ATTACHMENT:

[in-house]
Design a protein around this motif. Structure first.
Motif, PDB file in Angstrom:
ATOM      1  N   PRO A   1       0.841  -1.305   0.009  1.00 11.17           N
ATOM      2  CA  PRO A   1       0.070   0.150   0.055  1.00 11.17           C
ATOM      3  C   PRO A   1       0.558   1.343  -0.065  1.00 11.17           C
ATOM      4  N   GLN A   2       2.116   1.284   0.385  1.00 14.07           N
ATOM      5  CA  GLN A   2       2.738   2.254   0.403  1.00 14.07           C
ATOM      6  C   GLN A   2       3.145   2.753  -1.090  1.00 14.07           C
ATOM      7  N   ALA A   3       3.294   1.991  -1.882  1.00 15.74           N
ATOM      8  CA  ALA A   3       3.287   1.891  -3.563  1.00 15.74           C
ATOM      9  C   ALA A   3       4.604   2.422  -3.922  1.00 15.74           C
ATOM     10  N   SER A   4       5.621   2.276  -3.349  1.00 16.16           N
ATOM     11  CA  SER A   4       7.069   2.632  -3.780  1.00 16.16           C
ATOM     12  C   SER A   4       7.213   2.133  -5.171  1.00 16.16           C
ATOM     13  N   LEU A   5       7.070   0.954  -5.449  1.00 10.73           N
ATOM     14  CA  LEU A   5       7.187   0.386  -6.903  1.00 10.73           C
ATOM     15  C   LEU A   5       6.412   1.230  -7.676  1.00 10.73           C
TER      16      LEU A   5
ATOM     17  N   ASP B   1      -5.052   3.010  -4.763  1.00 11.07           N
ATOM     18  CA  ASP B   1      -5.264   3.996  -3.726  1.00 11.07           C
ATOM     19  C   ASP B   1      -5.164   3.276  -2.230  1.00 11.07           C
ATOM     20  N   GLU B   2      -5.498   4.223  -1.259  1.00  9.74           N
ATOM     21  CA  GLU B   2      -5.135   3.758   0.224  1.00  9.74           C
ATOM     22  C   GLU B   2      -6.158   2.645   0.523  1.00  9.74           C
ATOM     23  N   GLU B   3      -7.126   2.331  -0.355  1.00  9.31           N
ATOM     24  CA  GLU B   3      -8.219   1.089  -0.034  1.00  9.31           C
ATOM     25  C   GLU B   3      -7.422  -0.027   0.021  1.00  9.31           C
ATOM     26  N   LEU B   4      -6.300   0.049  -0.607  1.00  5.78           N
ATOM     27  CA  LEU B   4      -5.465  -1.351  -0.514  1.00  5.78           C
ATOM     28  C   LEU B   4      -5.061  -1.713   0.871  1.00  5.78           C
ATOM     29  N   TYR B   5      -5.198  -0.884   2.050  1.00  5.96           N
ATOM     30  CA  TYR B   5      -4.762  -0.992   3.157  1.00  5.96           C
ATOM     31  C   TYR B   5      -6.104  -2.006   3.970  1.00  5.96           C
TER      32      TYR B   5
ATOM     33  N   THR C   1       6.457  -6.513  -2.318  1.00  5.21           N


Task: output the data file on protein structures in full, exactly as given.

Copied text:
[in-house]
Design a protein around this motif. Structure first.
Motif, PDB file in Angstrom:
ATOM      1  N   PRO A   1       0.841  -1.305   0.009  1.00 11.17           N
ATOM      2  CA  PRO A   1       0.070   0.150   0.055  1.00 11.17           C
ATOM      3  C   PRO A   1       0.558   1.343  -0.065  1.00 11.17           C
ATOM      4  N   GLN A   2       2.116   1.284   0.385  1.00 14.07           N
ATOM      5  CA  GLN A   2       2.738   2.254   0.403  1.00 14.07           C
ATOM      6  C   GLN A   2       3.145   2.753  -1.090  1.00 14.07           C
ATOM      7  N   ALA A   3       3.294   1.991  -1.882  1.00 15.74           N
ATOM      8  CA  ALA A   3       3.287   1.891  -3.563  1.00 15.74           C
ATOM      9  C   ALA A   3       4.604   2.422  -3.922  1.00 15.74           C
ATOM     10  N   SER A   4       5.621   2.276  -3.349  1.00 16.16           N
ATOM     11  CA  SER A   4       7.069   2.632  -3.780  1.00 16.16           C
ATOM     12  C   SER A   4       7.213   2.133  -5.171  1.00 16.16           C
ATOM     13  N   LEU A   5       7.070   0.954  -5.449  1.00 10.73           N
ATOM     14  CA  LEU A   5       7.187   0.386  -6.903  1.00 10.73           C
ATOM     15  C   LEU A   5       6.412   1.230  -7.676  1.00 10.73           C
TER      16      LEU A   5
ATOM     17  N   ASP B   1      -5.052   3.010  -4.763  1.00 11.07           N
ATOM     18  CA  ASP B   1      -5.264   3.996  -3.726  1.00 11.07           C
ATOM     19  C   ASP B   1      -5.164   3.276  -2.230  1.00 11.07           C
ATOM     20  N   GLU B   2      -5.498   4.223  -1.259  1.00  9.74           N
ATOM     21  CA  GLU B   2      -5.135   3.758   0.224  1.00  9.74           C
ATOM     22  C   GLU B   2      -6.158   2.645   0.523  1.00  9.74           C
ATOM     23  N   GLU B   3      -7.126   2.331  -0.355  1.00  9.31           N
ATOM     24  CA  GLU B   3      -8.219   1.089  -0.034  1.00  9.31           C
ATOM     25  C   GLU B   3      -7.422  -0.027   0.021  1.00  9.31           C
ATOM     26  N   LEU B   4      -6.300   0.049  -0.607  1.00  5.78           N
ATOM     27  CA  LEU B   4      -5.465  -1.351  -0.514  1.00  5.78           C
ATOM     28  C   LEU B   4      -5.061  -1.713   0.871  1.00  5.78           C
ATOM     29  N   TYR B   5      -5.198  -0.884   2.050  1.00  5.96           N
ATOM     30  CA  TYR B   5      -4.762  -0.992   3.157  1.00  5.96           C
ATOM     31  C   TYR B   5      -6.104  -2.006   3.970  1.00  5.96           C
TER      32      TYR B   5
ATOM     33  N   THR C   1       6.457  -6.513  -2.318  1.00  5.21           N